While working remotely I noticed my bandwidth would drop when I connected to our VPN. It appeared that all internet packets were being routed through our VPN connection. While this normally wouldn’t be a problem, I often found myself downloading large files and my connection performance was limited to the available bandwidth to the VPN connection. That’s when I learned about what a “split tunnel” vpn connection is. I wrote this article to walk you through the process of setting up your VPN to take advantage of this option in Windows Networking.
With a “split tunnel vpn” connection, the internet traffic is routed through the local gateway connection. All other network traffic works through the vpn connection as you would expect. This is a feature that is available with Windows Vista and XP PPTP VPN connections, but it isn’t the default setting.
Here is how you configure your VPN connection to use the local gateway:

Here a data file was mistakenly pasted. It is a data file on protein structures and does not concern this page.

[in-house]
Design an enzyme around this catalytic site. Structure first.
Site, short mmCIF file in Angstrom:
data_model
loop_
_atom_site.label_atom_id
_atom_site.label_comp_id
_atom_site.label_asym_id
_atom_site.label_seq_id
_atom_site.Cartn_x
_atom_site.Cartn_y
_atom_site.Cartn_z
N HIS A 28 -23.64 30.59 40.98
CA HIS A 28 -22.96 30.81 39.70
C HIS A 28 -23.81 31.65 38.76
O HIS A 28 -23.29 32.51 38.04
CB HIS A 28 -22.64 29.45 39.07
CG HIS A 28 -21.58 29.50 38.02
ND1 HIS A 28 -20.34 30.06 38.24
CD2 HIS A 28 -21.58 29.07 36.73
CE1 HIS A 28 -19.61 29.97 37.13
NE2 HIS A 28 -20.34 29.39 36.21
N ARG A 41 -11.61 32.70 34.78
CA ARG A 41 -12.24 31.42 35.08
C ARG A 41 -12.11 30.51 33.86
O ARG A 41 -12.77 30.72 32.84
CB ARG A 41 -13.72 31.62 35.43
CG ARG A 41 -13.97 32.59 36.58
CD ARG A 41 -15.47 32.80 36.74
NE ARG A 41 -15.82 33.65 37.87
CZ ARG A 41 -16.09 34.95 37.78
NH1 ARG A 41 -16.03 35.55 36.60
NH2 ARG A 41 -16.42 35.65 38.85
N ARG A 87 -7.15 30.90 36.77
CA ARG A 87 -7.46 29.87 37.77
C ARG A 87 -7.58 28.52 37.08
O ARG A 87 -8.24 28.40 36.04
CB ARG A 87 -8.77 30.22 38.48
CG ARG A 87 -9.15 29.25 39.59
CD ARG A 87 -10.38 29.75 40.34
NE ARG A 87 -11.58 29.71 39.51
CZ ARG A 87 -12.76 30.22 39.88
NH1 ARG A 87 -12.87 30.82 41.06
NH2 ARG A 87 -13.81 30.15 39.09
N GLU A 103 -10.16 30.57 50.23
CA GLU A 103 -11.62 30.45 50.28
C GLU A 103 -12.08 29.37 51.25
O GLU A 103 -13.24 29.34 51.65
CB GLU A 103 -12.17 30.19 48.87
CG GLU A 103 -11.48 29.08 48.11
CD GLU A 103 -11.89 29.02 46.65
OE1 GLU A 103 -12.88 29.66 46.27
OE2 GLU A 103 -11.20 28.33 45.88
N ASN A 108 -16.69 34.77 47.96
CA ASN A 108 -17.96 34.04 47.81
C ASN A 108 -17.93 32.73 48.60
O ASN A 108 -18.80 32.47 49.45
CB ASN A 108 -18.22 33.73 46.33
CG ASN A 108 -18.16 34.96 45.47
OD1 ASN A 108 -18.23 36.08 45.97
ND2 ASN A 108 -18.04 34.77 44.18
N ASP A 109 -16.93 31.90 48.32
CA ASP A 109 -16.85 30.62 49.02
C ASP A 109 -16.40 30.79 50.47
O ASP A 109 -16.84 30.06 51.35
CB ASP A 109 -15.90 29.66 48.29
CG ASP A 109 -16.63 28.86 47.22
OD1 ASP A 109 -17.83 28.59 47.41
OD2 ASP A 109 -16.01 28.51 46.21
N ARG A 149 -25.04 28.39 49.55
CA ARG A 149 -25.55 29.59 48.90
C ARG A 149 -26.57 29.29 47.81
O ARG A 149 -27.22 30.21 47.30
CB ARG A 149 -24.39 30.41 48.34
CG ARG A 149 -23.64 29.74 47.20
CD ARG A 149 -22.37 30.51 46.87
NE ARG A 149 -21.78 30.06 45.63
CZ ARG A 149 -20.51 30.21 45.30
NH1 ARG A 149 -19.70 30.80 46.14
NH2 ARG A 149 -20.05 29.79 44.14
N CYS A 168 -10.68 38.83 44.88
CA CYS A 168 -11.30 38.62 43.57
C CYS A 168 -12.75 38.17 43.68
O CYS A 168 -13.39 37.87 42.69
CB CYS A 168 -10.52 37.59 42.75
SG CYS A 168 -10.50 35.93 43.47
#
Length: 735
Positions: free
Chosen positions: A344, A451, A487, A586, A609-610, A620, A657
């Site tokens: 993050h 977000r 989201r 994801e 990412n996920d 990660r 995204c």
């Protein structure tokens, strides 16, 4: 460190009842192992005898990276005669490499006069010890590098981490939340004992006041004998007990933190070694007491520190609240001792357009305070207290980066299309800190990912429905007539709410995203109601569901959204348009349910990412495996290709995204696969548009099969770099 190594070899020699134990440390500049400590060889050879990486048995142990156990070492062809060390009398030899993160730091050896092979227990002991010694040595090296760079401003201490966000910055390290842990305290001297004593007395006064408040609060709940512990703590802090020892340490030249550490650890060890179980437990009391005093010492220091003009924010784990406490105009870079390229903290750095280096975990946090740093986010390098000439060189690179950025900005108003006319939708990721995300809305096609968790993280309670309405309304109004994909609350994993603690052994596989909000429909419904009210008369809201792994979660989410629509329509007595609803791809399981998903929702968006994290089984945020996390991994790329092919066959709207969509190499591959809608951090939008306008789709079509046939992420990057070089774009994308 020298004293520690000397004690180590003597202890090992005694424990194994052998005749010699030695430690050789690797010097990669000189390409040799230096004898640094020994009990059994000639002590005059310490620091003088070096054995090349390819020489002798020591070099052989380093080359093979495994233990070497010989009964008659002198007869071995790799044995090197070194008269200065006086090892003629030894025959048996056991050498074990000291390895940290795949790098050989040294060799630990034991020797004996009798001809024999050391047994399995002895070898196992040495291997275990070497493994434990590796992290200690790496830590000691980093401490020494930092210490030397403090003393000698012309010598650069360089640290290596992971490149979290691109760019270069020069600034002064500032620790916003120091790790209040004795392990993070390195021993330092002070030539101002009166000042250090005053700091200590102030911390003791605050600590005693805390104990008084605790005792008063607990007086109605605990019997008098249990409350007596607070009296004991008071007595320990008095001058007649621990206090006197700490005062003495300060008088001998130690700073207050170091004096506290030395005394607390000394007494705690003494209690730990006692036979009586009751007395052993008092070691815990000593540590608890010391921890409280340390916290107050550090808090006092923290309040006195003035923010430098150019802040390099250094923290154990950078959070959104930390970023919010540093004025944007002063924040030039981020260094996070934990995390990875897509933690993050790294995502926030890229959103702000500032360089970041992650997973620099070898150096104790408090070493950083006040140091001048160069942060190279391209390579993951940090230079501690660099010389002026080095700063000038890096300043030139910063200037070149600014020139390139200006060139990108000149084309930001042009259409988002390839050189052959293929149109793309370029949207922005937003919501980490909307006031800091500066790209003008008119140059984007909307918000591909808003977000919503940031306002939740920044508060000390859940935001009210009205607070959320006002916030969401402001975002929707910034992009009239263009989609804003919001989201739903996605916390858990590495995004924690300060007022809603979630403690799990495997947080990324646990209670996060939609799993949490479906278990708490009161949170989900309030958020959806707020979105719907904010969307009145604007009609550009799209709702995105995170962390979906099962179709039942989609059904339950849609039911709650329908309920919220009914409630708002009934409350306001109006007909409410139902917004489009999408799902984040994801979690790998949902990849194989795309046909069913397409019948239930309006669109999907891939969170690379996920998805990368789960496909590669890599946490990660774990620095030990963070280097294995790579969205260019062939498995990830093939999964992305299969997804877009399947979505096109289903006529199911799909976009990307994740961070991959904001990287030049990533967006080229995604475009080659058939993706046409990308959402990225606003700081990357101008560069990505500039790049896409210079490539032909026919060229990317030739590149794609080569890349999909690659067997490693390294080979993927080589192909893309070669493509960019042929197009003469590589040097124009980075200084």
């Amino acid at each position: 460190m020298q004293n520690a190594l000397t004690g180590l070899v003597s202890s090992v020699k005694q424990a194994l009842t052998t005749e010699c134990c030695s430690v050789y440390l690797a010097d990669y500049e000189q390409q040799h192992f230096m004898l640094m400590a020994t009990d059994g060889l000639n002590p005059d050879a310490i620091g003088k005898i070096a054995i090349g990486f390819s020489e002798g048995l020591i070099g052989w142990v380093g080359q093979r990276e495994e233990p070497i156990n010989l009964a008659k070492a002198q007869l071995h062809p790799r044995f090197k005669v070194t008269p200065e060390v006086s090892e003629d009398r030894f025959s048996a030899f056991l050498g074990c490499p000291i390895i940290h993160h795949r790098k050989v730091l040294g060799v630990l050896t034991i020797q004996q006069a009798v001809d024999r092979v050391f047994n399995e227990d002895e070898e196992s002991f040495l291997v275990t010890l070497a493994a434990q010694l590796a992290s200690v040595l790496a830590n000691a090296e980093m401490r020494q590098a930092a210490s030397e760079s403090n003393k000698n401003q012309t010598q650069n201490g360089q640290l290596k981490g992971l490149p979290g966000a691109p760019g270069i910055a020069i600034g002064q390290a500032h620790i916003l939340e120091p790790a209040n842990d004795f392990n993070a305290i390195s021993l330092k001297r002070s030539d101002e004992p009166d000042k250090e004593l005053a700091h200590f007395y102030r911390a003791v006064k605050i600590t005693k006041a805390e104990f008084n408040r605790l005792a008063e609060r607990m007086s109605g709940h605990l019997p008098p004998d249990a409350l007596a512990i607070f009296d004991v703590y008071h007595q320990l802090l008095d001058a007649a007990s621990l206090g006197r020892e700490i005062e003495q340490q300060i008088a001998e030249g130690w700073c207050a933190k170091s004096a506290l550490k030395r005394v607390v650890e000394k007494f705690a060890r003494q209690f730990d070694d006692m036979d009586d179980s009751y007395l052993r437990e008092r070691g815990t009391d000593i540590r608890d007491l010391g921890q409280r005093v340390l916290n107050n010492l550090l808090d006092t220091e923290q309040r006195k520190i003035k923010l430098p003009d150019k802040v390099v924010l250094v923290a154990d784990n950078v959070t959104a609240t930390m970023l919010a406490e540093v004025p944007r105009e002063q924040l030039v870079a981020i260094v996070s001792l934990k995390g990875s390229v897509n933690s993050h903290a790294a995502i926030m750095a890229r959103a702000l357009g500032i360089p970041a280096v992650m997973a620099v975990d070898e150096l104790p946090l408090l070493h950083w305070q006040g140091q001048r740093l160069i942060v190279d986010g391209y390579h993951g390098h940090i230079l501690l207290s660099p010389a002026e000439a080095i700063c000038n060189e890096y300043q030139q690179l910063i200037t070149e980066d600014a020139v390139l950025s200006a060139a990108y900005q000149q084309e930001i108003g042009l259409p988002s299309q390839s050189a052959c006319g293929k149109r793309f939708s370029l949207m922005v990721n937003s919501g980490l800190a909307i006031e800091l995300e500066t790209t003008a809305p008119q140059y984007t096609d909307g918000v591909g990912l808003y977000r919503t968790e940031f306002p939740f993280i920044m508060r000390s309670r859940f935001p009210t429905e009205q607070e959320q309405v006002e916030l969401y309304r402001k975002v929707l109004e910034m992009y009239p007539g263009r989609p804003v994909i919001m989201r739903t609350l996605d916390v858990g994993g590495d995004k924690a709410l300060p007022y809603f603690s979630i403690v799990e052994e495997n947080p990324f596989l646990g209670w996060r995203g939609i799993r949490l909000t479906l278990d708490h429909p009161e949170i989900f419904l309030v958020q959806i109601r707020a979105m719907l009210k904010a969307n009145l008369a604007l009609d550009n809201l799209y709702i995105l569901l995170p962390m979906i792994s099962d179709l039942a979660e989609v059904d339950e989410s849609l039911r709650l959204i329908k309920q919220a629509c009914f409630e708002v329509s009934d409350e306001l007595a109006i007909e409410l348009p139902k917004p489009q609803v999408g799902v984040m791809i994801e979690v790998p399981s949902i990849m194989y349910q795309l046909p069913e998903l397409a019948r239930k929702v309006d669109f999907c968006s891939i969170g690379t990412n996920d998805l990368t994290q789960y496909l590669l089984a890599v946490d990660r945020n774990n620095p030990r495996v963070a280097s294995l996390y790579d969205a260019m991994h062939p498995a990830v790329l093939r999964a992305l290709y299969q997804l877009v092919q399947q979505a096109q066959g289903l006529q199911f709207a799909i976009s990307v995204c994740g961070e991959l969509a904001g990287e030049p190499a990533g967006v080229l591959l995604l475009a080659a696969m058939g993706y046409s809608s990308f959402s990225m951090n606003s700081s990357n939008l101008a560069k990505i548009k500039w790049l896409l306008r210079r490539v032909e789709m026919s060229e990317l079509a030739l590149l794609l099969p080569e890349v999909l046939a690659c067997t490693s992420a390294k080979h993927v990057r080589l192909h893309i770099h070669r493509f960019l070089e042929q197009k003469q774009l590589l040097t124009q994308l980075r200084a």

Right click on your VPN connection and choose “properties”
Click on the “Networking” tab. This is where we will need to make changes to the TCP/IP settings for your VPN connection. If you are using V6 IP addresses or V4, you’ll need to make the change in both locations just to be sure.
Click on the “Advanced” button to get to the Advanced TCP/IP options
The VPN connection by default configures all packets to route to the remote server’s gateway. We want to turn this option off by clicking on the “Use default gateway on remote network” option.
That’s it! Once you have made those changes you will notice your internet packets are no longer automatically routing through the VPN server.